Fantastical elements, engaging characters, a vivid world and a fast-moving plot, Dr. Livingston has endowed The Shards of Heaven will all these elements — and many more. It really is a historical-fiction novel which should not be missed, and I’d highly recommend all lovers of intricate, epic stories to give this amazing novel a try.

I received this novel for free in exchange for an honest and unbiased review. The thoughts you have read are mine alone.

Source: bookwraiths.com/2015/12/15/the-shards-of-heaven
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review 2015-12-15 12:49
Fantasy Review: The Shards of Heaven by Michael Livingston
The Shards of Heaven - Michael Livingston

Equal parts historical fiction, epic fantasy, and philosophical discourse, The Shards of Heaven is an altogether fascinating read. Opening with the assassination of Julius Caesar, the story details the war that took place between his heirs and allies, with Cleopatra, Marc Antony, and Caesarion (Caesar's son) on the side of Egypt, and Octavian (Caesar's great-nephew) and Juba (Caesar's adopted son) on the side of Rome.

It's with the role of Juba, however, that fiction begins to deviate from fact.Michael Livingston portrays Juba as a vengeful son, secretly plotting revenge against the world for his real father's defeat at the hands of Caesar. Further deviating from fact into fantasy, Juba has discovered the mythological trident of Poseidon, which also happens to be the equally mythological staff of Moses.

That, right there, is where the story really pulled me in. Anybody who has studied mythology knows that there are themes and stories that are common to faiths across the world. Livingston looks at the various mythologies of the ancient world - most notably those of Greek, Roman, and Jewish origin - and asks whether it is "possible that all the deities of the world were reflections of the same, single, united god?" Furthermore, in questioning why such a god allows bad things to happen, he suggests that god may actually be dead - an event that allowed The Shards of Heaven to fall to Earth, where they were harvested as magical talismans.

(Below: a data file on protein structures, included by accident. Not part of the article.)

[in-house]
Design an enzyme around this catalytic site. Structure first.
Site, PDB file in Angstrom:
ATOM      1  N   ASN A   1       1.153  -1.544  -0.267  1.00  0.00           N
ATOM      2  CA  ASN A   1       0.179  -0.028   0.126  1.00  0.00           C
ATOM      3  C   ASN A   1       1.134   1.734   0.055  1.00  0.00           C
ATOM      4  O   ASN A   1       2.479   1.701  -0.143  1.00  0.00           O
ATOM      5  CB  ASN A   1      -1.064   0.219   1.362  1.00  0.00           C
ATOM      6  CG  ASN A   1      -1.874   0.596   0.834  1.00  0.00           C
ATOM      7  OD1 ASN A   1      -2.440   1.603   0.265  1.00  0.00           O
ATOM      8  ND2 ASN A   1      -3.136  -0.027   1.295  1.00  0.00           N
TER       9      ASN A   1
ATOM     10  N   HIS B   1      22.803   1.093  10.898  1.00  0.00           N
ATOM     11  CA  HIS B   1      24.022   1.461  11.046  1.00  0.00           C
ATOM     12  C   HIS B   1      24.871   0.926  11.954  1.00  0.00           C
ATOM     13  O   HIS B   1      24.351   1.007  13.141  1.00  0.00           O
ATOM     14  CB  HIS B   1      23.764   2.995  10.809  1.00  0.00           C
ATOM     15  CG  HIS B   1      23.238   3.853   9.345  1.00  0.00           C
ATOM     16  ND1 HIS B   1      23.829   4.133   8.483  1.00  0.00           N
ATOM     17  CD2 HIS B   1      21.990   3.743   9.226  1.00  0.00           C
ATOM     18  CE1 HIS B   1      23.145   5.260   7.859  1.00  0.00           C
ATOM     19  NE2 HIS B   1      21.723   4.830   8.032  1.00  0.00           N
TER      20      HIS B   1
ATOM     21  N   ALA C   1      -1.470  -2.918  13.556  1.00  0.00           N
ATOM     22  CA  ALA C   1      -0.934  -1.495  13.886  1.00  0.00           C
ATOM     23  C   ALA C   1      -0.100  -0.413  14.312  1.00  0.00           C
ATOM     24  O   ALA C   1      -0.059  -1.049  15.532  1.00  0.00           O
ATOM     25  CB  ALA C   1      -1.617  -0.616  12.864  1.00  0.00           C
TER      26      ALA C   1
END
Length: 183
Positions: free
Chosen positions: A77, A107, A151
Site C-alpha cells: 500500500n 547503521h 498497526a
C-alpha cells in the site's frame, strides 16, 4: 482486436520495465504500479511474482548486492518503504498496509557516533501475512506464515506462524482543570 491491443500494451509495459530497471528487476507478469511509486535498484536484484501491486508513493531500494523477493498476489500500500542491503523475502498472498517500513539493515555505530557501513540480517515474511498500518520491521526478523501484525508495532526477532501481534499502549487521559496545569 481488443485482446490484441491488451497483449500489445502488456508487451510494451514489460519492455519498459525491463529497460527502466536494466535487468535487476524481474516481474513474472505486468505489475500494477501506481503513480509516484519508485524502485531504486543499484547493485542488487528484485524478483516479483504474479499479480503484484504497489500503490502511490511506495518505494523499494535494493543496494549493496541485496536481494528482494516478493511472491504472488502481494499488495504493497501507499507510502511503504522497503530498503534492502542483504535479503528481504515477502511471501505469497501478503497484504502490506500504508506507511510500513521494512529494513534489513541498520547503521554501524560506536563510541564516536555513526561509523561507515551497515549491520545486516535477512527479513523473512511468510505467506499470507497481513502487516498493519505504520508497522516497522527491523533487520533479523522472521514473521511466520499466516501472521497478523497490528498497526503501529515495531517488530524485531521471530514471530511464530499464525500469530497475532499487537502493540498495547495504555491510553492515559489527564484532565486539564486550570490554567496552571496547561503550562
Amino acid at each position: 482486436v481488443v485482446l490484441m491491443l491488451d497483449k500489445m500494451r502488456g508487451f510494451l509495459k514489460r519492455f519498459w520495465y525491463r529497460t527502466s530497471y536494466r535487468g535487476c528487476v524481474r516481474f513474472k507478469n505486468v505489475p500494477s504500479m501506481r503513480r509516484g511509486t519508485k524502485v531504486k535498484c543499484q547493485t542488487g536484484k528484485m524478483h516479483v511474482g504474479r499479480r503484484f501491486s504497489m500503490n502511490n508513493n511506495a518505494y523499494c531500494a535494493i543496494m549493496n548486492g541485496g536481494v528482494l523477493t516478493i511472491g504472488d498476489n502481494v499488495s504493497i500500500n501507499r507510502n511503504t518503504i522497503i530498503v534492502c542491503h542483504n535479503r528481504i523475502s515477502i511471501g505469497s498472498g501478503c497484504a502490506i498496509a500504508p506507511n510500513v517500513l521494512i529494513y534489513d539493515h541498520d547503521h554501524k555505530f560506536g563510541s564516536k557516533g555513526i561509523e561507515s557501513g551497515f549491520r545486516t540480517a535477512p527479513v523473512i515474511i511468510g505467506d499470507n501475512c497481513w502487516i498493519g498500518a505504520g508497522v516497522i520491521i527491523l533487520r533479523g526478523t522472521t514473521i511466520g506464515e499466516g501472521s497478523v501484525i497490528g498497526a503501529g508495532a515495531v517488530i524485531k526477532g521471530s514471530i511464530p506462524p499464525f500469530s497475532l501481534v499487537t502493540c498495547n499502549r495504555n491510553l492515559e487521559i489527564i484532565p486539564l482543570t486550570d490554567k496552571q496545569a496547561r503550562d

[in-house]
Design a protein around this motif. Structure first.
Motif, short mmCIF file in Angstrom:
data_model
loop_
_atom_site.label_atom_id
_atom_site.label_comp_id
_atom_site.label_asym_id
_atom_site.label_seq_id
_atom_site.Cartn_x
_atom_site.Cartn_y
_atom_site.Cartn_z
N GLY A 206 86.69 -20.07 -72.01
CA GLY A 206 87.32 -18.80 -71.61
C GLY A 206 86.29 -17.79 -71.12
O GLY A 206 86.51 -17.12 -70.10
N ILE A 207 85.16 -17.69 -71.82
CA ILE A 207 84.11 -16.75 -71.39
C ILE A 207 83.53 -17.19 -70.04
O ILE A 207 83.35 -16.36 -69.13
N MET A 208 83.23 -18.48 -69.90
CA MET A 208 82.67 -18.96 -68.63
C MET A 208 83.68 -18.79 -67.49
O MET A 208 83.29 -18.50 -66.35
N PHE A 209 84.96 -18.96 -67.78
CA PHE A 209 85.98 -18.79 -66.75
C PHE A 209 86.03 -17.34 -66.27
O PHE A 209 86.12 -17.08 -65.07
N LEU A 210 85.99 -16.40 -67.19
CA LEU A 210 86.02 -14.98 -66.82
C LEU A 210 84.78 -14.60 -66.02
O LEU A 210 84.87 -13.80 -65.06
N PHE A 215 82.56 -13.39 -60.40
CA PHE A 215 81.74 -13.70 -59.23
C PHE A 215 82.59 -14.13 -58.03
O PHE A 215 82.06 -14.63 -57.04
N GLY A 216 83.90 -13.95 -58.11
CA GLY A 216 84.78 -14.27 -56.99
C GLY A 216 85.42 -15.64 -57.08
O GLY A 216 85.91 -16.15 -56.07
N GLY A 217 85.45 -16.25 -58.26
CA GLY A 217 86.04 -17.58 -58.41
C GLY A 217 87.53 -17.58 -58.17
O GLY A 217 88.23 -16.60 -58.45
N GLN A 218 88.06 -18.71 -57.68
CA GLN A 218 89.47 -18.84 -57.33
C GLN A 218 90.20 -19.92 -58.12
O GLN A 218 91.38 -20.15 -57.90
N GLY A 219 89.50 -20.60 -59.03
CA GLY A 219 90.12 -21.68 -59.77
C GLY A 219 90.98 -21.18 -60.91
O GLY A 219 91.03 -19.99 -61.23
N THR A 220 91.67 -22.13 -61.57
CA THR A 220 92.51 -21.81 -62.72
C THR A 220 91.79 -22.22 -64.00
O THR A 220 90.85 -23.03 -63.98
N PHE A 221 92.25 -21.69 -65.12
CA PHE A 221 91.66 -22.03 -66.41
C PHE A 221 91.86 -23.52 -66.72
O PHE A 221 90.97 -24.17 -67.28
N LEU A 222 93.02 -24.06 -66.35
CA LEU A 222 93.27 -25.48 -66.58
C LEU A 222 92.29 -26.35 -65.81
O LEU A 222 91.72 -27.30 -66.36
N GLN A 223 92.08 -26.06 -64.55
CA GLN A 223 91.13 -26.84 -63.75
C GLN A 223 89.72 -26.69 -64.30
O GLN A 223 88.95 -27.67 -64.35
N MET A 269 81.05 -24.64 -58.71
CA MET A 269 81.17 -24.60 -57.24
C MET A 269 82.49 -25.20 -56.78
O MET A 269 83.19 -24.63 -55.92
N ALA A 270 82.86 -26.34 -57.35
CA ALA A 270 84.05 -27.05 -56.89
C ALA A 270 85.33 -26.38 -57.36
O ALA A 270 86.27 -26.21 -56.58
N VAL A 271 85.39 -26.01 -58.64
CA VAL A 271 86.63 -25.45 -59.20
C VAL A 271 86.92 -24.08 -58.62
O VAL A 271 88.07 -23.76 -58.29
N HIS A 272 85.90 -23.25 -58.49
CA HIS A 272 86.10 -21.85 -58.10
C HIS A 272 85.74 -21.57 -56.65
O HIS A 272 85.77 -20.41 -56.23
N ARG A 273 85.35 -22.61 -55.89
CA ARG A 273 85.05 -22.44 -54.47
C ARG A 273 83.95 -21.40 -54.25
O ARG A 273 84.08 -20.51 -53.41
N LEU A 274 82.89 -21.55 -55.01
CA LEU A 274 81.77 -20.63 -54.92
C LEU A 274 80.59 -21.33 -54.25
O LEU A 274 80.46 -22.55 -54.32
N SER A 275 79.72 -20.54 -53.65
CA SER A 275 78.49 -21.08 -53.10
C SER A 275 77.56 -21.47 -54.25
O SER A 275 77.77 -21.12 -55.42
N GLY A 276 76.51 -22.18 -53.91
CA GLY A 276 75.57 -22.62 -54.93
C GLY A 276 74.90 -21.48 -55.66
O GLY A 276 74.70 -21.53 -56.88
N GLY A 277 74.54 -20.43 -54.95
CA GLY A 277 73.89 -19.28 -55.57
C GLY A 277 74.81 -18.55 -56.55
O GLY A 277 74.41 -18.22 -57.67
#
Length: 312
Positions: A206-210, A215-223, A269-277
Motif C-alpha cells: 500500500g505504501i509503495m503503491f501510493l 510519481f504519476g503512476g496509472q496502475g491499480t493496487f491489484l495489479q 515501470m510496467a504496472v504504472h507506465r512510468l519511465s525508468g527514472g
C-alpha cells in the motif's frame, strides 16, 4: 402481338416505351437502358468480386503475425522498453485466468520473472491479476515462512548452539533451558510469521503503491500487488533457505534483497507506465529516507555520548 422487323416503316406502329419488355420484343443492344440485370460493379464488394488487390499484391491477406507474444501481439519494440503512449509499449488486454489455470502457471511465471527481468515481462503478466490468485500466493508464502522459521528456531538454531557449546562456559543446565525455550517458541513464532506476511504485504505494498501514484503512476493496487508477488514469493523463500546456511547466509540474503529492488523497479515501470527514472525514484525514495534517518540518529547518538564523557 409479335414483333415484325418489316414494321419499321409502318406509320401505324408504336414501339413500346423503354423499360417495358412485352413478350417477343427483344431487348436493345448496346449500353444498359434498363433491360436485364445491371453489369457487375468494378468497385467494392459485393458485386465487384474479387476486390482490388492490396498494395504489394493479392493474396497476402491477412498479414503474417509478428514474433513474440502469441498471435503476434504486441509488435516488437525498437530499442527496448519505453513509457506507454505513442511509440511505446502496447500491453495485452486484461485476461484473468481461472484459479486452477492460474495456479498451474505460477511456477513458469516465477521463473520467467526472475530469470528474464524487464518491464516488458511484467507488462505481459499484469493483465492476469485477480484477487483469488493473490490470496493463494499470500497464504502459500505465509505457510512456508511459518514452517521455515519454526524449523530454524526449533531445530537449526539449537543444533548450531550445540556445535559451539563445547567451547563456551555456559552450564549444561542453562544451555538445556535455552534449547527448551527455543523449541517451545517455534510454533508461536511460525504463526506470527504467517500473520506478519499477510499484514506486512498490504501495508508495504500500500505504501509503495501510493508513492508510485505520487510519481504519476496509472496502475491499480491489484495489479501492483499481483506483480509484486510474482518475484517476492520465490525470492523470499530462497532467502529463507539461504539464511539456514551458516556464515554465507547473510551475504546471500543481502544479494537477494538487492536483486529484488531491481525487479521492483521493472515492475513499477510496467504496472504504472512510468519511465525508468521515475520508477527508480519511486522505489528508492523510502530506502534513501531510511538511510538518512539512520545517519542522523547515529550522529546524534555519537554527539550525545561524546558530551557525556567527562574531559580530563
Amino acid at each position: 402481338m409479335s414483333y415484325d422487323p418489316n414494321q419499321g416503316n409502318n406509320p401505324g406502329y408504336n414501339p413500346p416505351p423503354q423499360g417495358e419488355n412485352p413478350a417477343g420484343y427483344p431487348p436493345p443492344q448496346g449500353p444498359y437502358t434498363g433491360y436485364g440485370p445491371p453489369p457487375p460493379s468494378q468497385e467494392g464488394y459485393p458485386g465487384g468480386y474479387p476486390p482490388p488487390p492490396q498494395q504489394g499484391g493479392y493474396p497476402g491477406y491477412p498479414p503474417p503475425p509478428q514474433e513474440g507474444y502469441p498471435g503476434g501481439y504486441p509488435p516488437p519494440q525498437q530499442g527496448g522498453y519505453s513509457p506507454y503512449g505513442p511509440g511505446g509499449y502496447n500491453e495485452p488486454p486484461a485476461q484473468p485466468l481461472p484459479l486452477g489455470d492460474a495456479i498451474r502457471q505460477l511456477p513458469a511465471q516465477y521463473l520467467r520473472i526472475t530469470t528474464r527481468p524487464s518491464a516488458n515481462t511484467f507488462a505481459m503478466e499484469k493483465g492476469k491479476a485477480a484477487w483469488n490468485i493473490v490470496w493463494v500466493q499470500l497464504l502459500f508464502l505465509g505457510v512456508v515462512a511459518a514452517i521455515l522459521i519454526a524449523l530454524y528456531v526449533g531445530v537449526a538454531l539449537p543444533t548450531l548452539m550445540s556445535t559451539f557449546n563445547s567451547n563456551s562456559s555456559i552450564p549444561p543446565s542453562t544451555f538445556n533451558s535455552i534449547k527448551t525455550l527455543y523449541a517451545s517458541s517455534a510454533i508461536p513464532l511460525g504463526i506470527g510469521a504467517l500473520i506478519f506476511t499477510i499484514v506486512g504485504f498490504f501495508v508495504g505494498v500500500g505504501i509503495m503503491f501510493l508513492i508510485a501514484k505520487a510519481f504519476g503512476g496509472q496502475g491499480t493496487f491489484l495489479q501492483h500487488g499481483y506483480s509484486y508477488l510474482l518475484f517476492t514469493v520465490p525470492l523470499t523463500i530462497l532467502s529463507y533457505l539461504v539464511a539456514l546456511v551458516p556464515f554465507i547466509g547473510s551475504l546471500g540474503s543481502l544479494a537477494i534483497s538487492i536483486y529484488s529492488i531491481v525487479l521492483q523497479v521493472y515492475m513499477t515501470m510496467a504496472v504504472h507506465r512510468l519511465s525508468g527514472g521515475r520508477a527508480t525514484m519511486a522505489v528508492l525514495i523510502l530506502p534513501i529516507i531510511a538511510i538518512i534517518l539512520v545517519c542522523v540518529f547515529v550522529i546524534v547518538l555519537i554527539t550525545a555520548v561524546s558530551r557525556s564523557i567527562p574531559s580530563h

If that sounds a bit too cerebral, just wait until you see Poseidon's trident being used to raise up the seas and smash a ship to pieces with a massive watery fist. The power of the trident/staff terrifies Juba, and exhausts him in his attempts to control it, but it provides Octavian with the power to change the world. As terrifying as it is, however, the shard that became the Ark of the Covenant are speculated to be ever more incredible, with the power to destroy world. So, what we end up with here is a dual fantasy. On the one had we have a rather traditional bit of historical fiction that acknowledges the true powers of the ancient world, but which allows a cast of minor characters - historical footnotes, if you will - to drive the narrative forward. On the other hand, you have an epic fantasy that takes the seeds of faith and creates its own mythology. Everybody wants a shard of their own, as much for the mythological significance as the magical powers they contain, leading to a dual race against time as historians search and armies clash.

Definitely one of the most original fantasies I've read this year, The Shards of Heaven really does work on multiple levels. It's the mythology of the shards that intrigued me the most, and Juba who made me a fan of the story, but those looking for a solid historical tale of Egypt versus Rome will be equally satisfied.


Hardcover, 416 pages
Published November 24th 2015 by Tor Books

Disclaimer: I received a complimentary copy of this title from the publisher in exchange for review consideration.This does not in any way affect the honesty or sincerity of my honest review.
Source: beauty-in-ruins.blogspot.ca/2015/12/fantasy-review-shards-of-heaven-by.html
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review 2015-08-30 00:00
At the End of Babel
At the End of Babel - Michael Livingston At the End of Babel - Michael Livingston Interesting short story about a native woman living in a dystopian world. And that's all I'm going to say about it as I think this story is one you should discover yourself. Available to read for free online at Tor.com!